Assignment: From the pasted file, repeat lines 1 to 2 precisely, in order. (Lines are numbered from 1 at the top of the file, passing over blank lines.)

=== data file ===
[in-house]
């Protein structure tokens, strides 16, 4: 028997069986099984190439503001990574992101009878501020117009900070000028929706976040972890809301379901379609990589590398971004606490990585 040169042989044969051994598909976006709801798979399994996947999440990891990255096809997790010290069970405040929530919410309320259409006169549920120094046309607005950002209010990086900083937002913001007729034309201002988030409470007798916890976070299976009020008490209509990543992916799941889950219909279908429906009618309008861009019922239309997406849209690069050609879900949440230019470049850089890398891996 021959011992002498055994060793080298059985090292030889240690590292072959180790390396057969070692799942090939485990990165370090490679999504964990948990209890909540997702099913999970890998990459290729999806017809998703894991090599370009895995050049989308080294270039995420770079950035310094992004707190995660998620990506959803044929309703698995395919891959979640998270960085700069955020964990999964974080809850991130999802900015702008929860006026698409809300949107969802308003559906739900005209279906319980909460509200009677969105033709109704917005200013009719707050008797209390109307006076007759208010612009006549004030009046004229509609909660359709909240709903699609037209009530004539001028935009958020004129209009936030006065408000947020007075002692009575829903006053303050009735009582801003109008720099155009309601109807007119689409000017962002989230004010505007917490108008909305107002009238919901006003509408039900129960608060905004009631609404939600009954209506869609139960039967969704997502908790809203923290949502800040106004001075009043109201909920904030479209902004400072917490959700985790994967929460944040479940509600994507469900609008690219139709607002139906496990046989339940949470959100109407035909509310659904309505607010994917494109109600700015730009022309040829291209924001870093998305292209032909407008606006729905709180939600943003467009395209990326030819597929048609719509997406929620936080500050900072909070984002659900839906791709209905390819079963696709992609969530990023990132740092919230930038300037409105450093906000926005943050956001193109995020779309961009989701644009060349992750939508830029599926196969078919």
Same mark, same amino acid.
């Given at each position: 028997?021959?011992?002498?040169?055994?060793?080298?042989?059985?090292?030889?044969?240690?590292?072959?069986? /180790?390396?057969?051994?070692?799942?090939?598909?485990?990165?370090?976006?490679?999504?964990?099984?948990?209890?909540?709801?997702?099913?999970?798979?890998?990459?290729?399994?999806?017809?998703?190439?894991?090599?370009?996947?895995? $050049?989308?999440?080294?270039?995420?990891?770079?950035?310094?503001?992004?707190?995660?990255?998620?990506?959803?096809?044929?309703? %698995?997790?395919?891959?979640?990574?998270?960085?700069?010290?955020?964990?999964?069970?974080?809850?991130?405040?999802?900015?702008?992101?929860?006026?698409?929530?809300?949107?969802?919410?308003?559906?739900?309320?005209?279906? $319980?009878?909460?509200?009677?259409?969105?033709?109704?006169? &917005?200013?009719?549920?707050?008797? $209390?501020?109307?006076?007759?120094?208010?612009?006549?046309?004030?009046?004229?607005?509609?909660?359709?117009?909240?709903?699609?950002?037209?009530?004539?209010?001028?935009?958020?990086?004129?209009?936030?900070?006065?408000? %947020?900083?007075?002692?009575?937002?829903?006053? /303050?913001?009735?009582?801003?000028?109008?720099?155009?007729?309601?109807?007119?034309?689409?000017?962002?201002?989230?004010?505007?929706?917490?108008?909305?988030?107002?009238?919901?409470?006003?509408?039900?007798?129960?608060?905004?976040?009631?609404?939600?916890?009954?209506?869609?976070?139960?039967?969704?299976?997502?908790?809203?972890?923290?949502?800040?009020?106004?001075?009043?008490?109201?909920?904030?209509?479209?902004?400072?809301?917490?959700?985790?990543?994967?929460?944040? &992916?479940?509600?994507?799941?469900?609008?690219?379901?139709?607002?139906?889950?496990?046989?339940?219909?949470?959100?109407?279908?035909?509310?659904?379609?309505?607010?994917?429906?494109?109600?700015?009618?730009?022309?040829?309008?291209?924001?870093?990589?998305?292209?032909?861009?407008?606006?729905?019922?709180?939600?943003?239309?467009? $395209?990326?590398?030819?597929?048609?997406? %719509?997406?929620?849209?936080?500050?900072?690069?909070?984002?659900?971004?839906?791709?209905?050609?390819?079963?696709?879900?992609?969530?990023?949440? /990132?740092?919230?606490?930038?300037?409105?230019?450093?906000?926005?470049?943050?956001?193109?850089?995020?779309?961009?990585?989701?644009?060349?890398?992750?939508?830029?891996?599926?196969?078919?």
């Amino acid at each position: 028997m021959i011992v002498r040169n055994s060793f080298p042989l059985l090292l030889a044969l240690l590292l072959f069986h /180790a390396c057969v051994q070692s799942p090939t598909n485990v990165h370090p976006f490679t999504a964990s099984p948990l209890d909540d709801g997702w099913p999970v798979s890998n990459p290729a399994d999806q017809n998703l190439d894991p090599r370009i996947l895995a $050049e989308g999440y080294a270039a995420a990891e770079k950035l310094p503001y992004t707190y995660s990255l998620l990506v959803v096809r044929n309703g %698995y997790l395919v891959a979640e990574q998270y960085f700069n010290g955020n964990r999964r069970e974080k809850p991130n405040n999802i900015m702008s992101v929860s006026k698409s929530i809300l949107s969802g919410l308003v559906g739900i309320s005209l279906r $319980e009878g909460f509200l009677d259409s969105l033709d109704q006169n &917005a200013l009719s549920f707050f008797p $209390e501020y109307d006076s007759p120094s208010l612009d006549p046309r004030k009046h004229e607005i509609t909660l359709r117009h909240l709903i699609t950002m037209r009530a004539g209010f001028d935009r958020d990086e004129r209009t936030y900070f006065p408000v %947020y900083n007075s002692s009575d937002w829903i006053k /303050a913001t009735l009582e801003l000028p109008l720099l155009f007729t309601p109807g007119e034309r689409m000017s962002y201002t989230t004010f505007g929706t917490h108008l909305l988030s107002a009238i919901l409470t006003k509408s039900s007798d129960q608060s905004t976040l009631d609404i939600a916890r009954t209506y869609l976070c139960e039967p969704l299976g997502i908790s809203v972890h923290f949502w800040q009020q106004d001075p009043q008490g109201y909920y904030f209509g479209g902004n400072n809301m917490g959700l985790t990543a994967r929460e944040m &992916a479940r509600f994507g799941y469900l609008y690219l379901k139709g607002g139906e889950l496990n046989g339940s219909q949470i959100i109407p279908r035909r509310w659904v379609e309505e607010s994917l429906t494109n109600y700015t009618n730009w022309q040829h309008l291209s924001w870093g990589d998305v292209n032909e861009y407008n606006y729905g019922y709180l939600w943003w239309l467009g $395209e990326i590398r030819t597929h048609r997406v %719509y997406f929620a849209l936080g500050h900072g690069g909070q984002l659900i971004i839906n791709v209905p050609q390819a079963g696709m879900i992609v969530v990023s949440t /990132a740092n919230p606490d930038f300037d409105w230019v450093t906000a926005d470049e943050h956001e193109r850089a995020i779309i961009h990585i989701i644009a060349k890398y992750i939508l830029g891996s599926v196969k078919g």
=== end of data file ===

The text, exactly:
[in-house]
């Protein structure tokens, strides 16, 4: 028997069986099984190439503001990574992101009878501020117009900070000028929706976040972890809301379901379609990589590398971004606490990585 040169042989044969051994598909976006709801798979399994996947999440990891990255096809997790010290069970405040929530919410309320259409006169549920120094046309607005950002209010990086900083937002913001007729034309201002988030409470007798916890976070299976009020008490209509990543992916799941889950219909279908429906009618309008861009019922239309997406849209690069050609879900949440230019470049850089890398891996 021959011992002498055994060793080298059985090292030889240690590292072959180790390396057969070692799942090939485990990165370090490679999504964990948990209890909540997702099913999970890998990459290729999806017809998703894991090599370009895995050049989308080294270039995420770079950035310094992004707190995660998620990506959803044929309703698995395919891959979640998270960085700069955020964990999964974080809850991130999802900015702008929860006026698409809300949107969802308003559906739900005209279906319980909460509200009677969105033709109704917005200013009719707050008797209390109307006076007759208010612009006549004030009046004229509609909660359709909240709903699609037209009530004539001028935009958020004129209009936030006065408000947020007075002692009575829903006053303050009735009582801003109008720099155009309601109807007119689409000017962002989230004010505007917490108008909305107002009238919901006003509408039900129960608060905004009631609404939600009954209506869609139960039967969704997502908790809203923290949502800040106004001075009043109201909920904030479209902004400072917490959700985790994967929460944040479940509600994507469900609008690219139709607002139906496990046989339940949470959100109407035909509310659904309505607010994917494109109600700015730009022309040829291209924001870093998305292209032909407008606006729905709180939600943003467009395209990326030819597929048609719509997406929620936080500050900072909070984002659900839906791709209905390819079963696709992609969530990023990132740092919230930038300037409105450093906000926005943050956001193109995020779309961009989701644009060349992750939508830029599926196969078919």